The five most common mistakes I see agents make when preparing the RPA
By Barry Pilger
When I teach a zipForm 6 or RPA class, the first thing I ask the class is “have any of you sat down and read the RPA from top to bottom?” In the many classes I have taught, fewer than half a dozen agents, total, raised their hands. For starters, it’s a great idea. It can be done, thoughtfully, in about a half hour with time for note taking and sips of coffee. So the Mistake #5 is agents not ever having read the entire document. It’s a brilliant piece of work that deserves to be read and understood, not simply used with a checklist.
Mistake #4: Right there on page one is one of the best consumer protection provisions in the RPA. In practice, I see it completed by agents less than 10% of the time. It’s section D.1. All an agent has to do to protect his or her buyer from interest rate spikes is complete two fields: one for interest rate and one for points. For those of us who have been around long enough to remember mortgage rates spiking a full 1% overnight it’s a no brainer. For those of you who don’t recall that type of volatility, please be advised you are providing no protection for your buyers by leaving this section blank.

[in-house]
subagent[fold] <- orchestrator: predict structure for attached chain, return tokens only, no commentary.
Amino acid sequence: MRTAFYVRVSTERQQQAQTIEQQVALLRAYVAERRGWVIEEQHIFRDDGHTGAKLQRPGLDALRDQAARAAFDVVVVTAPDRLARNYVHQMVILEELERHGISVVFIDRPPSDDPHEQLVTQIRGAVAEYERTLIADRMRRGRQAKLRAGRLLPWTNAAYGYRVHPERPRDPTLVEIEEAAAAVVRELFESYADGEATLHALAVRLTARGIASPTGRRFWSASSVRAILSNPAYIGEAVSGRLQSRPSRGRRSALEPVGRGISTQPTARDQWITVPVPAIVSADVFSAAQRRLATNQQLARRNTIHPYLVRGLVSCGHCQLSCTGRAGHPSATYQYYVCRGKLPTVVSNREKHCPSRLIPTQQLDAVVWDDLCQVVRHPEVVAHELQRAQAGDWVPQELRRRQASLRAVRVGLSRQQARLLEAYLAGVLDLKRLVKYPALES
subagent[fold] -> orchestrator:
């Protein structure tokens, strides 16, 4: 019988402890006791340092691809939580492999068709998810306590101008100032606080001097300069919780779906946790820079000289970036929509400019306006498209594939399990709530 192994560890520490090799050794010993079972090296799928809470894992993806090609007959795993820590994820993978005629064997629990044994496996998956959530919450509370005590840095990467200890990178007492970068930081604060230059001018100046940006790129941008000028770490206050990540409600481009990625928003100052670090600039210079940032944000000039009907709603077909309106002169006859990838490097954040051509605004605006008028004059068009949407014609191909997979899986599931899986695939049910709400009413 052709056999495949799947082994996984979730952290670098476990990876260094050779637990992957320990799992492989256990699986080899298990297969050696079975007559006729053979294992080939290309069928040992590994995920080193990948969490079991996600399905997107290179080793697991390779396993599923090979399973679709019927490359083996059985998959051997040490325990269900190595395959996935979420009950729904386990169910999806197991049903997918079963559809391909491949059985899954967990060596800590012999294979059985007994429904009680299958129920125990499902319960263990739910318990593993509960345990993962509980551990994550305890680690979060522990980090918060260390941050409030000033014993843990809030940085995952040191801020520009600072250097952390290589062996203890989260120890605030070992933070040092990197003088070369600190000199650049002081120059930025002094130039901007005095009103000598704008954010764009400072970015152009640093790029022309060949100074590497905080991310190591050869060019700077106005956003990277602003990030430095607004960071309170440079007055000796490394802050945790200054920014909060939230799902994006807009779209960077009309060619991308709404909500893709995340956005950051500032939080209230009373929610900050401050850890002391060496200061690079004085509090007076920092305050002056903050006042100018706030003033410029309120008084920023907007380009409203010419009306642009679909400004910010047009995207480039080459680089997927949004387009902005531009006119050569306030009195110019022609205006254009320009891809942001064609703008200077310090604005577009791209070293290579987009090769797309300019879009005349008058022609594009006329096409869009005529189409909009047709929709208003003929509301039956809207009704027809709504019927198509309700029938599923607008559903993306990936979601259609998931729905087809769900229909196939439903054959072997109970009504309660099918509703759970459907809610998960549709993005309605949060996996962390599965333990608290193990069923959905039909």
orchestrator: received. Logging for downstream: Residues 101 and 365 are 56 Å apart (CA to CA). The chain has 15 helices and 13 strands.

Mistake #3: Believing that by putting “0” or “n/a” in the first blank in section 14.B.1, the buyer is removing the property approval/inspections/reports contingency. I see this frequently. All contingencies must be removed in writing. Best way to do that is to use form CR. It can also be done using an addendum. But it must be in writing.
Mistake #2: Continued use of form WHSD when a TDS is required for the transaction. The TDS now contains the water heater and smoke detector disclosure statements. You’re just wasting time continuing to use for WHSD in most of your residential transactions. (A TDS is not required, for example, in most sales conducted by a trustee or probate administrator. In this case the WHSD is appropriate.)
Finally, Mistake #1 is one I see the most often. Listing agent furnishes the seller with the E-Pubs form Signature Page 2 which acknowledges the four disclosure booklets and which contains the words “To Whom It May Concern: I have received a copy of the Environmental Hazards and Earthquake Safety (with
gas shut-off valve update) which includes the Federal Lead booklet and Toxic Mold Update, and Home Energy Rating booklet”. Buyer signs the form, routinely, as do sellers and both agents. But the listing agent does not actually furnish copies of the disclosure booklets. I recently represented a buyer and was pleased to see a one page document in the seller’s disclosure package that provided web addresses for the publications and had the buyer acknowledge that he could access the information online.
Of the five, not all are risk management issues, but they most certainly involve what I believe to be best practices. Often they come down to the same thing.
(Barry Pilger is an Oakland-based Realtor and long-time member of OBAR. He and his wife, OBAR member Catherine Moss are owners of Stafford Real Estate with offices in the Jack London District. He has been certified to teach the RPA and zipForm6 by CAR.)